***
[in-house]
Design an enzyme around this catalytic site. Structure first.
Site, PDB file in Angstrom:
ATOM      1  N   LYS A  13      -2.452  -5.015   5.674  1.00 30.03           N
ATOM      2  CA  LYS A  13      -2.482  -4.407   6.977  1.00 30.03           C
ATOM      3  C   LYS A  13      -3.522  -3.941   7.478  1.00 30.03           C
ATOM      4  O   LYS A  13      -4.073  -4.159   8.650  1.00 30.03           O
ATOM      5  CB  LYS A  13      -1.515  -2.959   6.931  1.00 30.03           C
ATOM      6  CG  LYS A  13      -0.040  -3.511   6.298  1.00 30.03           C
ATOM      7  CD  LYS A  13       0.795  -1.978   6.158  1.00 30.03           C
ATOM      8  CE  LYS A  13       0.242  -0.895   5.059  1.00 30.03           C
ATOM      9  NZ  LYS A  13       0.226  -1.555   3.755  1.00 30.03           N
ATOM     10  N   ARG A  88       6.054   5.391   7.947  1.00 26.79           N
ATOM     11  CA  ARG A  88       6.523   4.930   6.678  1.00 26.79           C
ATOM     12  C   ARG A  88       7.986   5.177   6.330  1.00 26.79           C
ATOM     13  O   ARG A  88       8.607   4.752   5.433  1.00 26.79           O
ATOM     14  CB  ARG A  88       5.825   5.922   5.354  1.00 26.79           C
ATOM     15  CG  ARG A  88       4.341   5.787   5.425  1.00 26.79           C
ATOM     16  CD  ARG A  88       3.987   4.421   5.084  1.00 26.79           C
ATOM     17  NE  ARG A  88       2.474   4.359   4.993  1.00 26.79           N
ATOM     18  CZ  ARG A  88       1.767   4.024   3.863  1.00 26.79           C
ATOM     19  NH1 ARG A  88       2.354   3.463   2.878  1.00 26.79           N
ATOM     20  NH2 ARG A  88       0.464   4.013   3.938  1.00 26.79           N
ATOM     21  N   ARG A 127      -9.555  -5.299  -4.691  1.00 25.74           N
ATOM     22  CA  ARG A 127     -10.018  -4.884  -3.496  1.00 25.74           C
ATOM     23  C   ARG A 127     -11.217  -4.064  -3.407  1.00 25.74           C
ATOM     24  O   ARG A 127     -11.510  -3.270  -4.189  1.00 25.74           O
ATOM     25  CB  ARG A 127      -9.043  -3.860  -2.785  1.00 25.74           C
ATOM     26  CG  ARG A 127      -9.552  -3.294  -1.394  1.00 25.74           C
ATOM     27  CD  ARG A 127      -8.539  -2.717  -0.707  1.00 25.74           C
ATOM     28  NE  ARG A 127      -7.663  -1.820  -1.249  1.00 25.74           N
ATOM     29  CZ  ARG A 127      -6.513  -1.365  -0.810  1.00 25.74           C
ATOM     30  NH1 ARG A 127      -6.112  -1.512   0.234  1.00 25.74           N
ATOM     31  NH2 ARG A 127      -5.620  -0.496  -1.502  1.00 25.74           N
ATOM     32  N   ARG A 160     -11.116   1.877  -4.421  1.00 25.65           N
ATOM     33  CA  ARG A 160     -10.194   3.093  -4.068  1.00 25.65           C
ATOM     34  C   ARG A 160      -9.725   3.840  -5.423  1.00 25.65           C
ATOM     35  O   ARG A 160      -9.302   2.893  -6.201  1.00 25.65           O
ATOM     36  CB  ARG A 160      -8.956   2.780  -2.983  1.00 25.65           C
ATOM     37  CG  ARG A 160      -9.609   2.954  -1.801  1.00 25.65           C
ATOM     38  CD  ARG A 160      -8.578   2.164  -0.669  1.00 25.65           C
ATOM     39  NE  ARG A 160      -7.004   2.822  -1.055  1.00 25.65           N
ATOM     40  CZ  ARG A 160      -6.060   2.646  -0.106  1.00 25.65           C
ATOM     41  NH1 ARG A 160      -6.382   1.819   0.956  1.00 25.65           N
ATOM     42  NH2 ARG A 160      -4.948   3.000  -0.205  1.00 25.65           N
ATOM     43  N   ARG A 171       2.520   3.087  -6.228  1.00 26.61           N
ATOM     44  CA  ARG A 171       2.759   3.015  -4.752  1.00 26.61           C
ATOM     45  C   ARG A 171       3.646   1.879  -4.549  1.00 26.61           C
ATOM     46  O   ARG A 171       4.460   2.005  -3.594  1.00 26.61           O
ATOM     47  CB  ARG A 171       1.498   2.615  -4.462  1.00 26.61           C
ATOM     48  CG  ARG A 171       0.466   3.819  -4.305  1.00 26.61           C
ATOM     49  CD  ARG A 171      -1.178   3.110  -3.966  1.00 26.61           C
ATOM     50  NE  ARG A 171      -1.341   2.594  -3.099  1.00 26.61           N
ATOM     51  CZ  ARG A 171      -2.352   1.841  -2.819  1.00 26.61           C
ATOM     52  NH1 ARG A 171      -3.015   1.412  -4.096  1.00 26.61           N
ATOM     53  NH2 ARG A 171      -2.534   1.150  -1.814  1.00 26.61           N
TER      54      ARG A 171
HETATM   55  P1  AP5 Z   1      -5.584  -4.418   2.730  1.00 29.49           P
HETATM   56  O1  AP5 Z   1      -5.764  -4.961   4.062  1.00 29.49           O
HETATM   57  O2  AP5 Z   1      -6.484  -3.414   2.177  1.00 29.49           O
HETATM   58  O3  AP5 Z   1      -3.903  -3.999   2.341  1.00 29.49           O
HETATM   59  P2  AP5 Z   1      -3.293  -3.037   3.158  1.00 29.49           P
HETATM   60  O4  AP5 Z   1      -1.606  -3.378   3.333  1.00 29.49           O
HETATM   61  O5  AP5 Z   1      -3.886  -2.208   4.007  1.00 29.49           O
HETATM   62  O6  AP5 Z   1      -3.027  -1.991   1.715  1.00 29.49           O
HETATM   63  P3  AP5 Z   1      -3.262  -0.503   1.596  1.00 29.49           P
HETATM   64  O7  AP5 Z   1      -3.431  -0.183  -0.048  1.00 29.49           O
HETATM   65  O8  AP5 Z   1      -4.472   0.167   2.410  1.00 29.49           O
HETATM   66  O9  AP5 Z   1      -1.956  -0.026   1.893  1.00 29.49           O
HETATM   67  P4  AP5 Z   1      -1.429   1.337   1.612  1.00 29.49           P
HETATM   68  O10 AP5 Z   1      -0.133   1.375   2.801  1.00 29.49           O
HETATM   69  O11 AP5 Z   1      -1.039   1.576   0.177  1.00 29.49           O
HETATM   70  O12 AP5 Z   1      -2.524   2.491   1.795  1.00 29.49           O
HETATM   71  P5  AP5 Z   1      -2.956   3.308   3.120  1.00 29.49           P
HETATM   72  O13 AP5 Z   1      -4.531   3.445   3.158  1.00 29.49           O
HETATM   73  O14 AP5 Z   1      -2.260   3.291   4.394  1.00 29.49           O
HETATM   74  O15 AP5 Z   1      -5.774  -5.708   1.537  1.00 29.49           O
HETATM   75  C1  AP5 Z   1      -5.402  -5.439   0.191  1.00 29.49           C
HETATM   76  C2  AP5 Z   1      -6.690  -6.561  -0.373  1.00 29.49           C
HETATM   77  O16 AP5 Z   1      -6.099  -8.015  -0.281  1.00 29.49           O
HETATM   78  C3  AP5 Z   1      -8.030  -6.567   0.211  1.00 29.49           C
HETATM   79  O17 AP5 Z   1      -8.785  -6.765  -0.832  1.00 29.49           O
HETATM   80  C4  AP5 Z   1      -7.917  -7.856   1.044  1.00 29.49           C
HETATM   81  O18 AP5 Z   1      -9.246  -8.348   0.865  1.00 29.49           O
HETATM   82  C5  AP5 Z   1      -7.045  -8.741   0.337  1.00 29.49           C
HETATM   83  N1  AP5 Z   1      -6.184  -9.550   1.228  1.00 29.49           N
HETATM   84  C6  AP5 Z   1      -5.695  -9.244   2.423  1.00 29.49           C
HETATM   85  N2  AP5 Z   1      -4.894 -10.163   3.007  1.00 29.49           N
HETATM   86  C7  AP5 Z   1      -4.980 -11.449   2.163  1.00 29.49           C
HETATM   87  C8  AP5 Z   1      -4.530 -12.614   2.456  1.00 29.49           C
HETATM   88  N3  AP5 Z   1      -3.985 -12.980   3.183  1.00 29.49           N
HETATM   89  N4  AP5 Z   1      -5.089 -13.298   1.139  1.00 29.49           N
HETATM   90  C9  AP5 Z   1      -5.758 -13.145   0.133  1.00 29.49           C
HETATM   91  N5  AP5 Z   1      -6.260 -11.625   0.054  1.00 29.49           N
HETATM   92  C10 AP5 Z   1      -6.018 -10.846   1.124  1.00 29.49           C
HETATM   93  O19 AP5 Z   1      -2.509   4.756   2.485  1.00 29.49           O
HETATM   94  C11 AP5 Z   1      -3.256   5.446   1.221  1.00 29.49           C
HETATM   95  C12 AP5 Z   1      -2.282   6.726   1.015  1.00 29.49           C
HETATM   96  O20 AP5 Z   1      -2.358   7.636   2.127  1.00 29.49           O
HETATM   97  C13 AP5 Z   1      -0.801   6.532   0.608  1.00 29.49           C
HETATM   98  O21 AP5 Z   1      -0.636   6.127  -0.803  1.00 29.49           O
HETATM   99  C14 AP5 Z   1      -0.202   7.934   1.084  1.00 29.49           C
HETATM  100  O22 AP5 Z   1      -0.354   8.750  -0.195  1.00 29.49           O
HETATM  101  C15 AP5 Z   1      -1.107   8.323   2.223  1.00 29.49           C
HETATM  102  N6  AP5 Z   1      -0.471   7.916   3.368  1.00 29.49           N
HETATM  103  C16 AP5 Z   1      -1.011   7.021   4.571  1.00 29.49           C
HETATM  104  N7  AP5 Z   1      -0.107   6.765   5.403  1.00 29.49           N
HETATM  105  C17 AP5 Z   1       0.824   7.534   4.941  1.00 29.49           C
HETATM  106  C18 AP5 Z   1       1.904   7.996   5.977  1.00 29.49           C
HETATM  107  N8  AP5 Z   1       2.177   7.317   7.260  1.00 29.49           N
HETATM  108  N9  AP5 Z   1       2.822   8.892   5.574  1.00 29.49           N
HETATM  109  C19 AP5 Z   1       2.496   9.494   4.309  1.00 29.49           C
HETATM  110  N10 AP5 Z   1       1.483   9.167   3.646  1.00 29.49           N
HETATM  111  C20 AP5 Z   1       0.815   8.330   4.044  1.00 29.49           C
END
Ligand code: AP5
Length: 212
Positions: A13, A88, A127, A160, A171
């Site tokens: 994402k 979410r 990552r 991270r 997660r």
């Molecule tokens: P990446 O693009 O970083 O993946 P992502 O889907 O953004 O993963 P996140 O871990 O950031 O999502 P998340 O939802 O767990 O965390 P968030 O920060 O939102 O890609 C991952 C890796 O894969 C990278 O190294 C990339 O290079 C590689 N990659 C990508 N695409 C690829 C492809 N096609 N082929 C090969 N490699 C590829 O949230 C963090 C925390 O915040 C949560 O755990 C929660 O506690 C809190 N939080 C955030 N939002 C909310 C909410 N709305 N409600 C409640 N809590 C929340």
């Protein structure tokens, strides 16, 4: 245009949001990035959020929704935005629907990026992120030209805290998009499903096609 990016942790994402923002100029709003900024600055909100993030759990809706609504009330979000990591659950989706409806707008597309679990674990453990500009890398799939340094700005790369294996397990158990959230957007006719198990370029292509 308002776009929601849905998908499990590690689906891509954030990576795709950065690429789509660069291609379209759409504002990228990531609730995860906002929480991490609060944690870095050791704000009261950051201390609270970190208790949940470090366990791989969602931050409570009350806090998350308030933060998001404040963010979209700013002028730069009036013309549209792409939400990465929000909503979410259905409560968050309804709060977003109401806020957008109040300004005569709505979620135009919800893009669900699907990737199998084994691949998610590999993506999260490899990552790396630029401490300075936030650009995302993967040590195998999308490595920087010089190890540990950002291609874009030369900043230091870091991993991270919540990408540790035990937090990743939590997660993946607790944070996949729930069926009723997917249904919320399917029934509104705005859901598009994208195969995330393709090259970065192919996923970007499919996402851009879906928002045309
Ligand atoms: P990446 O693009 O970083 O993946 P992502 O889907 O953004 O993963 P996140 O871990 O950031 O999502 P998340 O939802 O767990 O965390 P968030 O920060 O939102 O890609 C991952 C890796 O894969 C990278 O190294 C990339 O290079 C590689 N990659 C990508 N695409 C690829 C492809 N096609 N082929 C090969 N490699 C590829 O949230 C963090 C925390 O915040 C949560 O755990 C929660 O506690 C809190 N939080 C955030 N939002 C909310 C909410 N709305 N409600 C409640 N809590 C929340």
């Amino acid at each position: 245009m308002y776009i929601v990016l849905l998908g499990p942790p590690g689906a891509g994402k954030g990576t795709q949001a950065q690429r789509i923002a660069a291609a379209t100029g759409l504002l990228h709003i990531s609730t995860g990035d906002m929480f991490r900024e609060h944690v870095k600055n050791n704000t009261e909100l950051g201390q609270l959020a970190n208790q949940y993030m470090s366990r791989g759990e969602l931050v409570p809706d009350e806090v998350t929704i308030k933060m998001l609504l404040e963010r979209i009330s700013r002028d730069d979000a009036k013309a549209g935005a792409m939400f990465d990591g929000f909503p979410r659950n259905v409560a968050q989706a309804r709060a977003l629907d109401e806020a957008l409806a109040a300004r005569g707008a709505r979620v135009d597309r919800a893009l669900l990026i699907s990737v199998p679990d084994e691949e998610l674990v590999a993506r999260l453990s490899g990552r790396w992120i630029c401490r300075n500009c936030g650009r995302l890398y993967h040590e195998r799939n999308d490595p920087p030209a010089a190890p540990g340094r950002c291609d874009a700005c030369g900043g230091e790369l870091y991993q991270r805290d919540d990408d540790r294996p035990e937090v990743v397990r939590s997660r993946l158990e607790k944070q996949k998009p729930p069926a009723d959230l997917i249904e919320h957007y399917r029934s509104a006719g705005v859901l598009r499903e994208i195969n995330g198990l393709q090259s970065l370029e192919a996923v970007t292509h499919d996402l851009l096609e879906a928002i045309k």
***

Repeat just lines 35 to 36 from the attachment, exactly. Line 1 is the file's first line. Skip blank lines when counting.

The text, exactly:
ATOM     32  N   ARG A 160     -11.116   1.877  -4.421  1.00 25.65           N
ATOM     33  CA  ARG A 160     -10.194   3.093  -4.068  1.00 25.65           C